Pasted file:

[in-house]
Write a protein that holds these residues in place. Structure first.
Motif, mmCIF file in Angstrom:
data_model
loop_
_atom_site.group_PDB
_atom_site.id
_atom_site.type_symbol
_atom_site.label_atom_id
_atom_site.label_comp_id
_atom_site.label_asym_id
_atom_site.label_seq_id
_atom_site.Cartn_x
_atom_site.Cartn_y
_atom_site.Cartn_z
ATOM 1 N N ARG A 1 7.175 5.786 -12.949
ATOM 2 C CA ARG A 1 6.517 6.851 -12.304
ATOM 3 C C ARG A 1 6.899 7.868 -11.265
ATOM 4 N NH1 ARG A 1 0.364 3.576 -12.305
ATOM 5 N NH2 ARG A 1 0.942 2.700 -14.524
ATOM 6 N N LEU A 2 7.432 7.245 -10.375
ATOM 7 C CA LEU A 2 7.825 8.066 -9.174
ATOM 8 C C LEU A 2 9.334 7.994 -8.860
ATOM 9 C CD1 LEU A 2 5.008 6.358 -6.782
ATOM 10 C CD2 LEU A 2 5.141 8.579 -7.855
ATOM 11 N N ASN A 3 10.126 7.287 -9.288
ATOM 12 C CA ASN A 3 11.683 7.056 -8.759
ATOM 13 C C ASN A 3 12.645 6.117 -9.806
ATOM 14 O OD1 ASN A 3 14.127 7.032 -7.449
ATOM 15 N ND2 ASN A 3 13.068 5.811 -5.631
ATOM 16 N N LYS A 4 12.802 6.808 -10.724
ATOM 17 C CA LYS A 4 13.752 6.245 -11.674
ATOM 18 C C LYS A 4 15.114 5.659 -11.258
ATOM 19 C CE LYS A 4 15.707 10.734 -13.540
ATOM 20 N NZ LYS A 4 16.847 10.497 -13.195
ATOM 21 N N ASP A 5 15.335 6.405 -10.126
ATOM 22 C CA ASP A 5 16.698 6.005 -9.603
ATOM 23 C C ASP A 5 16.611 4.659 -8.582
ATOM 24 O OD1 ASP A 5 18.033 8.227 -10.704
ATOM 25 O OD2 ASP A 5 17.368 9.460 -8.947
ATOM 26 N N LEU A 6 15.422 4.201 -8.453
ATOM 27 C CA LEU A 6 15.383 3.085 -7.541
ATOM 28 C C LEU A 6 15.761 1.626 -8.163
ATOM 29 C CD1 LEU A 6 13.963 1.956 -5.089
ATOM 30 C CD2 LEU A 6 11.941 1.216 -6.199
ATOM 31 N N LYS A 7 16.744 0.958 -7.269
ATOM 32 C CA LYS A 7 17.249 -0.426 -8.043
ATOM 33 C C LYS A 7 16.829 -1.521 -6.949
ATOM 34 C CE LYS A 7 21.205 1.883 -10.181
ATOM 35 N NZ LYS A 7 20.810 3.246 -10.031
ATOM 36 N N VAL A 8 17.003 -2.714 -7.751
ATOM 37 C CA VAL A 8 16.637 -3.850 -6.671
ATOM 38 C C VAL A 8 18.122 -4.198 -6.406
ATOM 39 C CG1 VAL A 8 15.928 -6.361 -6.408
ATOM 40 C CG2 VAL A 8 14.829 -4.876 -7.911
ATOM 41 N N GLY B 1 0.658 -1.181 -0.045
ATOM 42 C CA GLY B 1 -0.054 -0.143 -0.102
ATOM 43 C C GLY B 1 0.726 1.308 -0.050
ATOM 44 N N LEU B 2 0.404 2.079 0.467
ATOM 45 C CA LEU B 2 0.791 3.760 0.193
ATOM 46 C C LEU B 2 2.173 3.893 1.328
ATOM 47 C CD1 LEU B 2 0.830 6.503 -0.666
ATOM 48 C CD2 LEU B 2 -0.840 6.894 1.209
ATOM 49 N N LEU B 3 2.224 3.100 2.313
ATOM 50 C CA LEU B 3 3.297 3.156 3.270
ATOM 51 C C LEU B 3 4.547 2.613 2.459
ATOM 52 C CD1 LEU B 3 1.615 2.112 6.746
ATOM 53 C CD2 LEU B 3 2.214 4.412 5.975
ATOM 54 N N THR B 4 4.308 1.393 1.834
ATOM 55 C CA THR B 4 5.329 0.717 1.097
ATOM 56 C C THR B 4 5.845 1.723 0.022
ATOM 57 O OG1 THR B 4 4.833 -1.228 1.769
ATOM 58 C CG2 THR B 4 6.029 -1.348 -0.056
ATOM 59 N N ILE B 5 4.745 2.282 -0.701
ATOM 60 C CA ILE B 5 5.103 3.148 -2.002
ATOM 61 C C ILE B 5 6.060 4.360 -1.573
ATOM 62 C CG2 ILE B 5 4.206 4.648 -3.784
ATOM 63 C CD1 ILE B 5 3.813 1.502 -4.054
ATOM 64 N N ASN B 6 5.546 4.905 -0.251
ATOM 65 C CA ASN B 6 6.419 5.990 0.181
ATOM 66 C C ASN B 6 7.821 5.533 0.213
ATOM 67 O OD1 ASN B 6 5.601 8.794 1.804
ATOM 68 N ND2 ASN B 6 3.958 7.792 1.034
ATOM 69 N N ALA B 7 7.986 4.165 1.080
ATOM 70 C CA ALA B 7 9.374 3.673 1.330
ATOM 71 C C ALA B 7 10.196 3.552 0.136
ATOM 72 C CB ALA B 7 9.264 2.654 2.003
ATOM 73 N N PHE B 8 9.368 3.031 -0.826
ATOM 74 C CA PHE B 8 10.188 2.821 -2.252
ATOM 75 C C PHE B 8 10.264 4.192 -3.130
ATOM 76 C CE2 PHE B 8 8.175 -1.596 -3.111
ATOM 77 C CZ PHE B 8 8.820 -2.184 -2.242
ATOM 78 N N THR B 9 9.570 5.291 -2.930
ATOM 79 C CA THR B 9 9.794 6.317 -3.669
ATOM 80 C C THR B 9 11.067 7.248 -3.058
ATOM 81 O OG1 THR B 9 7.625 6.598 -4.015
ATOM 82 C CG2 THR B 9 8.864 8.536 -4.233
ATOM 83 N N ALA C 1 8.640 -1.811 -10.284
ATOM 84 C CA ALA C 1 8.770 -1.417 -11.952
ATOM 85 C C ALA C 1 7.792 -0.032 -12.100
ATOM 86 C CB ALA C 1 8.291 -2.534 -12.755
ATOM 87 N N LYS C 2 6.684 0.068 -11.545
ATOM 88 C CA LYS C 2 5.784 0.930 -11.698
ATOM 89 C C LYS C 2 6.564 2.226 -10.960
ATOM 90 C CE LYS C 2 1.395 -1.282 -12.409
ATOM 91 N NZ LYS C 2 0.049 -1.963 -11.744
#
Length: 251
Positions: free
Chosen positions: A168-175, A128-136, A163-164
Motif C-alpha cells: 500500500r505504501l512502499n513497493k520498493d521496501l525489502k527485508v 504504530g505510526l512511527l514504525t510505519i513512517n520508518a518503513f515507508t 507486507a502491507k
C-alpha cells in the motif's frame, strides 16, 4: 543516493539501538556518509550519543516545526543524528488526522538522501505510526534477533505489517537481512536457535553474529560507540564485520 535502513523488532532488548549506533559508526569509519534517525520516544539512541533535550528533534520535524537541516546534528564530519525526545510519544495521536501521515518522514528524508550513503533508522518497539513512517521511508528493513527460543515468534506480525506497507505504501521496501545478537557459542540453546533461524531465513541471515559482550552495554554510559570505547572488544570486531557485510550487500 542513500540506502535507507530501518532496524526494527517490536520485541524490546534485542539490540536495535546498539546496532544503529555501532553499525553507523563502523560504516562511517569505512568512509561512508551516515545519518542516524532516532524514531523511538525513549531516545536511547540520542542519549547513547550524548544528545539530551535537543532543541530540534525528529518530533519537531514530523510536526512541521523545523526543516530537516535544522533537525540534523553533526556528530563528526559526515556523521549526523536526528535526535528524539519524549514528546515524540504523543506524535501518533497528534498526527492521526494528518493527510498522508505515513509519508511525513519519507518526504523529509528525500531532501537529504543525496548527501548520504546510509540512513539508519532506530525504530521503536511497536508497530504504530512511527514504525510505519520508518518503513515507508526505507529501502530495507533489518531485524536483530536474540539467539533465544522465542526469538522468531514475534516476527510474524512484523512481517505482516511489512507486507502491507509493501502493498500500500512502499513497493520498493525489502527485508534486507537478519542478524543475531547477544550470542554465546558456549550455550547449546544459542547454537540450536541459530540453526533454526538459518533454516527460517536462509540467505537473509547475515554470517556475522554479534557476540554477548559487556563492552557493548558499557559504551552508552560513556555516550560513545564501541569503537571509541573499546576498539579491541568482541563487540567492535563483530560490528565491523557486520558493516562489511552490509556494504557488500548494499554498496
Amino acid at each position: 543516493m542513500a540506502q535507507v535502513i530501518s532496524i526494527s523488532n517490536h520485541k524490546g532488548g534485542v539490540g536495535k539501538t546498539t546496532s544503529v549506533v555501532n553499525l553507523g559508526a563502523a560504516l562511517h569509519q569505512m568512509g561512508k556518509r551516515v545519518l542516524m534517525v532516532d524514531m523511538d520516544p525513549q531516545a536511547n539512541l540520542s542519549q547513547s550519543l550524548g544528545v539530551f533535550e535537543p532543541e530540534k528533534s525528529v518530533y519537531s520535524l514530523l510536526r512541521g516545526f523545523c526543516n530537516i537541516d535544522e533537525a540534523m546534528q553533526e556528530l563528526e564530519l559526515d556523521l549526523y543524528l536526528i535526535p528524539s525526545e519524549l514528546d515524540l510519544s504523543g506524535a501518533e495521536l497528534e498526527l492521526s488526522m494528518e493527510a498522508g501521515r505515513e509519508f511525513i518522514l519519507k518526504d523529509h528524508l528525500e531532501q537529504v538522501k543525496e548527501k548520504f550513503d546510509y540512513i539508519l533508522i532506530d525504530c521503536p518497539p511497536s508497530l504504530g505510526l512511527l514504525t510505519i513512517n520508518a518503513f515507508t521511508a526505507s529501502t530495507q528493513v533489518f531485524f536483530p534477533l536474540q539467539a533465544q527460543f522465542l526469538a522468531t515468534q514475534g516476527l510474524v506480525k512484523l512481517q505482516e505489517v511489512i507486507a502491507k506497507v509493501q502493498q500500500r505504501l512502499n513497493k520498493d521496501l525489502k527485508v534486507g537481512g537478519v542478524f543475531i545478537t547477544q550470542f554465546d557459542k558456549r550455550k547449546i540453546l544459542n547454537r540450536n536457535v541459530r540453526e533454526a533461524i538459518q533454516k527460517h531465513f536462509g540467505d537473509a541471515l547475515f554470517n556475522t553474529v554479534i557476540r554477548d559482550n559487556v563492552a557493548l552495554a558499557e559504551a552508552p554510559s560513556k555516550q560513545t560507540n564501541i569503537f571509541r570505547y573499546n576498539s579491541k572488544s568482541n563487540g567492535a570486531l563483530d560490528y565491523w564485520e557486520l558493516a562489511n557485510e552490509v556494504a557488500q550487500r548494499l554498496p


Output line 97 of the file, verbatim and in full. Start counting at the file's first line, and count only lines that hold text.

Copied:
ATOM 82 C CG2 THR B 9 8.864 8.536 -4.233